About 50% of the victims were hospitalized. Illness onset dates range from early May to mid-August, according to the Virginia Department of Health.
More cases could be reported over the next month. It takes up to 6 weeks for symptoms to appear after exposure.
The CDC believes strawberries from Egypt caused the outbreak. Tropical Smoothie Café stopped using the strawberries on August 9.
The same strain of hepatitis A also caused two outbreaks in Europe a few years ago due to strawberries from Egypt and Morocco.
A law firm representing several victims has filed a class action lawsuit on behalf of everyone who was exposed and got a vaccine, blood test, or other medical treatment.
Individual lawsuits have also been filed by people who were actually diagnosed with hepatitis A, including one man who was hospitalized for three days.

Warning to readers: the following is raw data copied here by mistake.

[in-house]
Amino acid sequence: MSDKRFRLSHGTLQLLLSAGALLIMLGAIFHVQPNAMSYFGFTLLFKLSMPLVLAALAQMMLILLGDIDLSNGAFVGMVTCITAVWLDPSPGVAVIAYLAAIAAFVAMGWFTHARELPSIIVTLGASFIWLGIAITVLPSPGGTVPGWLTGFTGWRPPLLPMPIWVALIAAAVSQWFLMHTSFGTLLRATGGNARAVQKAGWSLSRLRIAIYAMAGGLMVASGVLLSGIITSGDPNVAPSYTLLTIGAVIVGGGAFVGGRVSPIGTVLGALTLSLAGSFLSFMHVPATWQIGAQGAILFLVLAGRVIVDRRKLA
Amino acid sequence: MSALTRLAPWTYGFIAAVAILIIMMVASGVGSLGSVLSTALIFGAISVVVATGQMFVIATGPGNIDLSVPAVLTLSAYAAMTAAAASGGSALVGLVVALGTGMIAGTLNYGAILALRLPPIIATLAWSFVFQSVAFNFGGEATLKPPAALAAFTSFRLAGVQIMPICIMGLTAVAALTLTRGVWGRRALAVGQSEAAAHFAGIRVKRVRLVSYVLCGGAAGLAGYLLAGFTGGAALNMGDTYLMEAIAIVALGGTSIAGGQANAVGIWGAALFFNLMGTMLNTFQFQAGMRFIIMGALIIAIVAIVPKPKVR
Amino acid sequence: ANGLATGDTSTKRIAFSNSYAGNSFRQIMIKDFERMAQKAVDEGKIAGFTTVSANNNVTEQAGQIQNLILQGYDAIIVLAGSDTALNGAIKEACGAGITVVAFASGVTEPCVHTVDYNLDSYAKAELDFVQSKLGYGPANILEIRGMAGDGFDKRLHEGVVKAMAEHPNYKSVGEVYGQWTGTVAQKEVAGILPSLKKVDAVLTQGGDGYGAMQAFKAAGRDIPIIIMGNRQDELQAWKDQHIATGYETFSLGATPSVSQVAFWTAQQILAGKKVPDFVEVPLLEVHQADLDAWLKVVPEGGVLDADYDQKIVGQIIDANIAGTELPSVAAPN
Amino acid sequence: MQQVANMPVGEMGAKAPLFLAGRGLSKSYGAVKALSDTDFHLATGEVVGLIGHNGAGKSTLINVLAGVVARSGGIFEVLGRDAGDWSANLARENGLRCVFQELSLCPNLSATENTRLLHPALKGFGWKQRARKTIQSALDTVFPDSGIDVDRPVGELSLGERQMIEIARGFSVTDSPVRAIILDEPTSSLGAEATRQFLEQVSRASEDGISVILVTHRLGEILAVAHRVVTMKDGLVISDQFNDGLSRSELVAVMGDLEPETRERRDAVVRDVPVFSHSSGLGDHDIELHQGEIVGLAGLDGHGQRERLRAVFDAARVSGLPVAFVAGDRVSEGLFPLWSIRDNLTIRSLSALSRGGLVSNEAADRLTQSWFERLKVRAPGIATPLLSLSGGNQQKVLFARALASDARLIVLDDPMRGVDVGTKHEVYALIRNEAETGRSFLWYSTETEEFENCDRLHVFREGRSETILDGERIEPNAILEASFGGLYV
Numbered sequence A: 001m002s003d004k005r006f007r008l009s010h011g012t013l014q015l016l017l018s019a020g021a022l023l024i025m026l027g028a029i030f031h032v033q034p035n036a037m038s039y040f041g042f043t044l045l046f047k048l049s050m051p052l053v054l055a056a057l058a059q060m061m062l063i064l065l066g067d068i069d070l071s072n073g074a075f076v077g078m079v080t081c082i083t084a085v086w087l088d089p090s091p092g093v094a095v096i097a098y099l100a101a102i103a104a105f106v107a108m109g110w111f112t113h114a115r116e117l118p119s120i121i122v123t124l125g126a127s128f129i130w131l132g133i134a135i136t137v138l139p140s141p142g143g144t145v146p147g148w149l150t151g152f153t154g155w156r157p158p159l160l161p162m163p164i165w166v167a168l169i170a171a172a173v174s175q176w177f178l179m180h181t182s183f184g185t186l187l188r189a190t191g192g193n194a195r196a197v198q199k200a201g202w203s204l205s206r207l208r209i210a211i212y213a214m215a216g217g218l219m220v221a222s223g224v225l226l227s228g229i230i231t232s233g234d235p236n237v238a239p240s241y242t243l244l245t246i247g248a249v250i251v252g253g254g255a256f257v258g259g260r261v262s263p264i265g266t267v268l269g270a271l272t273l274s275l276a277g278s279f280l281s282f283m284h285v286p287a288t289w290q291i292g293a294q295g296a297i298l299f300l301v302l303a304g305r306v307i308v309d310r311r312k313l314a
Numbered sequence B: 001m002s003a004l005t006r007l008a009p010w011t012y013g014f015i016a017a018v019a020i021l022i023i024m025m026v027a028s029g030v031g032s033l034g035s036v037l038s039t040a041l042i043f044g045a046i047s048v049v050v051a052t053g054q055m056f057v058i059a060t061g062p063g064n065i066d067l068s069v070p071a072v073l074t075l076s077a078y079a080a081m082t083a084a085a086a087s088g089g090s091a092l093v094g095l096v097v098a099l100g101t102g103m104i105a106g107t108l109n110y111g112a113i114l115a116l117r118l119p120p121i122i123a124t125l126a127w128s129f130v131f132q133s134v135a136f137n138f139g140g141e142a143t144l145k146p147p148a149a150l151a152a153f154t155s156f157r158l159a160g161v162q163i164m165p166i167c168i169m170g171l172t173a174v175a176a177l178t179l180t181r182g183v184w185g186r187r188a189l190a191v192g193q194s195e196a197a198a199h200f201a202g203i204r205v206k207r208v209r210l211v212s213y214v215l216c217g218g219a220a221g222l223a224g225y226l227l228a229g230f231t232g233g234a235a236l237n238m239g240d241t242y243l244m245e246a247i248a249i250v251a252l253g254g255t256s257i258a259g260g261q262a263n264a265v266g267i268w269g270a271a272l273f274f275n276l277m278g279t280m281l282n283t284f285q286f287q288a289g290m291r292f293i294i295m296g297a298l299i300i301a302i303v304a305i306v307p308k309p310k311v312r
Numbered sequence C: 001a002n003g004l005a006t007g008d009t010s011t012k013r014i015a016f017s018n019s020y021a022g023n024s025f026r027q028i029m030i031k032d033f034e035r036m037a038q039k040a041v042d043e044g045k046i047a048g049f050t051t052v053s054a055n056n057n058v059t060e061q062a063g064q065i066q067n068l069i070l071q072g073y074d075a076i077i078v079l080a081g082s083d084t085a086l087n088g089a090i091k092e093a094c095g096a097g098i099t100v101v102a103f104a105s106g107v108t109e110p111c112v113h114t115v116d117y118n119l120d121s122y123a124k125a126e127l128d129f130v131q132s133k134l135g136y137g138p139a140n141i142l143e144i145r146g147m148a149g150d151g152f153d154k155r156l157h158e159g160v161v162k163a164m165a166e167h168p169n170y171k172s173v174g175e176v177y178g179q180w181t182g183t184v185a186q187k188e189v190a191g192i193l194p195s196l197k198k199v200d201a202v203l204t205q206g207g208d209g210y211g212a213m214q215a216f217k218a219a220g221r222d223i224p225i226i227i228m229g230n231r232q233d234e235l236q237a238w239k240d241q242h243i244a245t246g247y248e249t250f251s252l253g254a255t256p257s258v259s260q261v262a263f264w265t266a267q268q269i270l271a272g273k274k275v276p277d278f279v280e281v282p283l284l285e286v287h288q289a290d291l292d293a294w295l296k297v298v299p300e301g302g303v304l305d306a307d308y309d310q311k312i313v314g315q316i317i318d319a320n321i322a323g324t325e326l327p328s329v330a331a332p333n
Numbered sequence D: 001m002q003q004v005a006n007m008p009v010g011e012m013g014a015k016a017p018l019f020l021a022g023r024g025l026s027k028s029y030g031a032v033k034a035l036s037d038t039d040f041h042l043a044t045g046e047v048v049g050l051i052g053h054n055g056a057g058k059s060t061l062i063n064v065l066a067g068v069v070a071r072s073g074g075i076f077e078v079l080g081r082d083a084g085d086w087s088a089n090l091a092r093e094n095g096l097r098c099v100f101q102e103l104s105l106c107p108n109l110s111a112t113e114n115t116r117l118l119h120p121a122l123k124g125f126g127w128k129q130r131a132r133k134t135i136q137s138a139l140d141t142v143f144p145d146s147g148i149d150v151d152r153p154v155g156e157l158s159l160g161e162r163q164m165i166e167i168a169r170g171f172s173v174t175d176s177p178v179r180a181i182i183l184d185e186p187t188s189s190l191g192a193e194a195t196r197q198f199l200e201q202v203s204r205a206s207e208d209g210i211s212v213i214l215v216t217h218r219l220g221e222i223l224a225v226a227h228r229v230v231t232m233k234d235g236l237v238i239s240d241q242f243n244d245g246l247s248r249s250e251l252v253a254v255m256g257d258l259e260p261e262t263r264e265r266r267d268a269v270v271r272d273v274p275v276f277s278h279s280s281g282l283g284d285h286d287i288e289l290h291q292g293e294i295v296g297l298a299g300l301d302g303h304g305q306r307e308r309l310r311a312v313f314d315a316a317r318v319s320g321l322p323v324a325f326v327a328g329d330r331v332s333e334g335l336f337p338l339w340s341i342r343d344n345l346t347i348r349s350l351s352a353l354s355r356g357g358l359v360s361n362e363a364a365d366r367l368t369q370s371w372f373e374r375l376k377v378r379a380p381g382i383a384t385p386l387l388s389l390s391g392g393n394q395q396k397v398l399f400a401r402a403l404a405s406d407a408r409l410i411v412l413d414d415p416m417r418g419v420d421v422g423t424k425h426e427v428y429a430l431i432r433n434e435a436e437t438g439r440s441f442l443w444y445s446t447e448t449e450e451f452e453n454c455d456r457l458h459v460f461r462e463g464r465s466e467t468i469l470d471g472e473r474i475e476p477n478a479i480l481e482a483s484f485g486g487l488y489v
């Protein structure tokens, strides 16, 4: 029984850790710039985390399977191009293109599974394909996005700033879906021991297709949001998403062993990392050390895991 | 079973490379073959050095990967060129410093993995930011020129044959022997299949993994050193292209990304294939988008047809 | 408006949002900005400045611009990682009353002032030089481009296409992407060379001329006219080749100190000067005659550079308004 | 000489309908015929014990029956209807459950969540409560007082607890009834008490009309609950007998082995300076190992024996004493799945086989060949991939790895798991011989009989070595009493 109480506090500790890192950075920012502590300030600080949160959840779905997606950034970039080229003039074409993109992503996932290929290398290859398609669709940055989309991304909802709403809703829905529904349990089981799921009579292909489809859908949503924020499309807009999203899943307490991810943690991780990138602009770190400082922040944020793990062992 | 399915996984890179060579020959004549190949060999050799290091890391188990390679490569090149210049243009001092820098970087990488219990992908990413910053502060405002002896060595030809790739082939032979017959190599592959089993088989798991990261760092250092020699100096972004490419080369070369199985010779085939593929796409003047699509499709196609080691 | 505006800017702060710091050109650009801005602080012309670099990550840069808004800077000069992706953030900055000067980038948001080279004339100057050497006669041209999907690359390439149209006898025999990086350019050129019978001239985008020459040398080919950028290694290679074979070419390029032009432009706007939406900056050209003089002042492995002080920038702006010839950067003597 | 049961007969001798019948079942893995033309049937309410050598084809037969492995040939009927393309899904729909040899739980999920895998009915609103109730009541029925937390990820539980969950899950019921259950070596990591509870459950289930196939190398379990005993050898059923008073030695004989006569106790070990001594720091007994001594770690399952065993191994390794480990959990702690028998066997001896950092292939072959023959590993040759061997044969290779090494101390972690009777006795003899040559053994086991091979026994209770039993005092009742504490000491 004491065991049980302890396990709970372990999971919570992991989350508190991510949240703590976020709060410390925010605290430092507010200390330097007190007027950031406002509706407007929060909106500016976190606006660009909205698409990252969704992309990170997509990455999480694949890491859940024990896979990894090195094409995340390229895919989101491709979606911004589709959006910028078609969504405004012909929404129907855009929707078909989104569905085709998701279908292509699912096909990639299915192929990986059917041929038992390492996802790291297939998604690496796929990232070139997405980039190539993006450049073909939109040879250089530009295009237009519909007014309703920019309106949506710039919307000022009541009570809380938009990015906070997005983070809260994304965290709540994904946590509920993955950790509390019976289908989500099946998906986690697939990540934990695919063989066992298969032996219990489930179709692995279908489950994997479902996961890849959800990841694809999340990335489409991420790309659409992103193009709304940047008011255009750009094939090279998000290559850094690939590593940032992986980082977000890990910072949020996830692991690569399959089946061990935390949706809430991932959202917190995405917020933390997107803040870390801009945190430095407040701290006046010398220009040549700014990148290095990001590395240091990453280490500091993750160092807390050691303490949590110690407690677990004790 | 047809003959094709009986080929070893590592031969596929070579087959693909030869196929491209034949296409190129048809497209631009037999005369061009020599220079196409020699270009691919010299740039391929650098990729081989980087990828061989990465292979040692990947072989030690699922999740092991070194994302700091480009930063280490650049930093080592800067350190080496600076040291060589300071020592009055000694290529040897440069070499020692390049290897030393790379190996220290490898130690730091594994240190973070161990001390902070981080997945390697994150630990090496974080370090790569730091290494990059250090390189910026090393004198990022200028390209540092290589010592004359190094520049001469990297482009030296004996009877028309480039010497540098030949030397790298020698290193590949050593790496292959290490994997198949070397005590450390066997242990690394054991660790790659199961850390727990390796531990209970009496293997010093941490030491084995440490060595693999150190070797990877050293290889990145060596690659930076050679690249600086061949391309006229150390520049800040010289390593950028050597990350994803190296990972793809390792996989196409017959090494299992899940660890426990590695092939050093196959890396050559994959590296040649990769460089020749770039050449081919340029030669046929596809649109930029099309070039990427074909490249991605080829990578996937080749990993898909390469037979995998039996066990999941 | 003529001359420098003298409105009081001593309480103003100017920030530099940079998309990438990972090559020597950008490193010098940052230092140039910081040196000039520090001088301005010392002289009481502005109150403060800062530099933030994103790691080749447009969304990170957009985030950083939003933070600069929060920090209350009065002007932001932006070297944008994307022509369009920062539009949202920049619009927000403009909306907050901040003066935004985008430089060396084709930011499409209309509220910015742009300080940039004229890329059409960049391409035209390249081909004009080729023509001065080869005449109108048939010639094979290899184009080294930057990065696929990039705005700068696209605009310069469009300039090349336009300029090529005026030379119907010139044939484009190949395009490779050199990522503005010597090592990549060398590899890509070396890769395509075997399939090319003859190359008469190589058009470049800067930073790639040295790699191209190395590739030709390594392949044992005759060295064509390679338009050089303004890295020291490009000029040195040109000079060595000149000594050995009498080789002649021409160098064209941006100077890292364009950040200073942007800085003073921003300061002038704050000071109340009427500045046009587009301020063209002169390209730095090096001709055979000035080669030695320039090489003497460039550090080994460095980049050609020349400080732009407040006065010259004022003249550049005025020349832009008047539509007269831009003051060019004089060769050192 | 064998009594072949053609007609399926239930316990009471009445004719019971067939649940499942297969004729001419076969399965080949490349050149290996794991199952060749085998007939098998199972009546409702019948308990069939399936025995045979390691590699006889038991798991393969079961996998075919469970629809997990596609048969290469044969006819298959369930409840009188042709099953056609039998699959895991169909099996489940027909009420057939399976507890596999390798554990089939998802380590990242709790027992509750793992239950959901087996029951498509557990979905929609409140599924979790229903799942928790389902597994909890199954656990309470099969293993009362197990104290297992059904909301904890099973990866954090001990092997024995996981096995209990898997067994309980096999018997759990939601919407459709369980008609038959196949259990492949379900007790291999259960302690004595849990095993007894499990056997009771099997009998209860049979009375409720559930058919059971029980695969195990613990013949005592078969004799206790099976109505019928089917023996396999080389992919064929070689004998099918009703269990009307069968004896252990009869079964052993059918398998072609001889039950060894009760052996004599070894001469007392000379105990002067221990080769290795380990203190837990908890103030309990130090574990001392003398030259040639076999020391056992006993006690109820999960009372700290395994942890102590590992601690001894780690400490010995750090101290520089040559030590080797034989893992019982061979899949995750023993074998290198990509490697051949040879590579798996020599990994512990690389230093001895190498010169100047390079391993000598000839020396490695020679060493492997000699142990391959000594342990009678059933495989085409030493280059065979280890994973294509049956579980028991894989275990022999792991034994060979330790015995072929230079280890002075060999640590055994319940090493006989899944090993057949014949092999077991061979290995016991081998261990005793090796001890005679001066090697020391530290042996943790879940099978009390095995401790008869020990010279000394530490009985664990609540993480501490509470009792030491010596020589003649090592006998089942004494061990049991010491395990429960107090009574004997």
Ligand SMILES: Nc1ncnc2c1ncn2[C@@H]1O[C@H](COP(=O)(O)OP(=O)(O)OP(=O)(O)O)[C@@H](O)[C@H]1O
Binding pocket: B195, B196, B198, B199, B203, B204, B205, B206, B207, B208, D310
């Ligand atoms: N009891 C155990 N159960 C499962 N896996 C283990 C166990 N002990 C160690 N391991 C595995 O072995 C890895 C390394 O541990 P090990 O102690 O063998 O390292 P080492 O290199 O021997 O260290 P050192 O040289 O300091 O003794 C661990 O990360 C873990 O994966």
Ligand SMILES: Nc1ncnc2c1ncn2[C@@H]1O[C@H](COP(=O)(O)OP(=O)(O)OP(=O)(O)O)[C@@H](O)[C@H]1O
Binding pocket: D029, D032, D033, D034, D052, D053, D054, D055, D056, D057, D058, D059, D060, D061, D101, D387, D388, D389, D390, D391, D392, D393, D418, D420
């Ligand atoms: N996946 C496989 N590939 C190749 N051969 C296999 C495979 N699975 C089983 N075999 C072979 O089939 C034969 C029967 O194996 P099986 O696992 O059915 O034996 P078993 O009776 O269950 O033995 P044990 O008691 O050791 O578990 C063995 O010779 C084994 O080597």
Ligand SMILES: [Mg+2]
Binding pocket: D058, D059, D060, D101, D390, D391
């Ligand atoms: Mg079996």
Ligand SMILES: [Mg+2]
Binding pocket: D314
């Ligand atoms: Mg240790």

Infection with hepatitis A can be prevented if the vaccine or Immune Globulin (IG) is given within two weeks of exposure. People who have been vaccinated or infected in the past are not at risk.
Hepatitis A is a virus that causes liver inflammation. It spreads by the “fecal-to-oral” route of transmission. Major outbreaks of food poisoning can occur when sewage-contaminated water is sprayed on raw food.
The symptoms of infection can occur anywhere from 15-50 days after exposure. Most people are ill for 2-3 months, but about 10% of victims are sick for 6 months. The symptoms may include:
- Low fever
- Nausea and vomiting
- Jaundice (yellowing of skin and eyes)
- Abdominal pain or discomfort
- Dark urine, clay-colored stools
- Joint or muscle aches
Source: Virginia Department of Health
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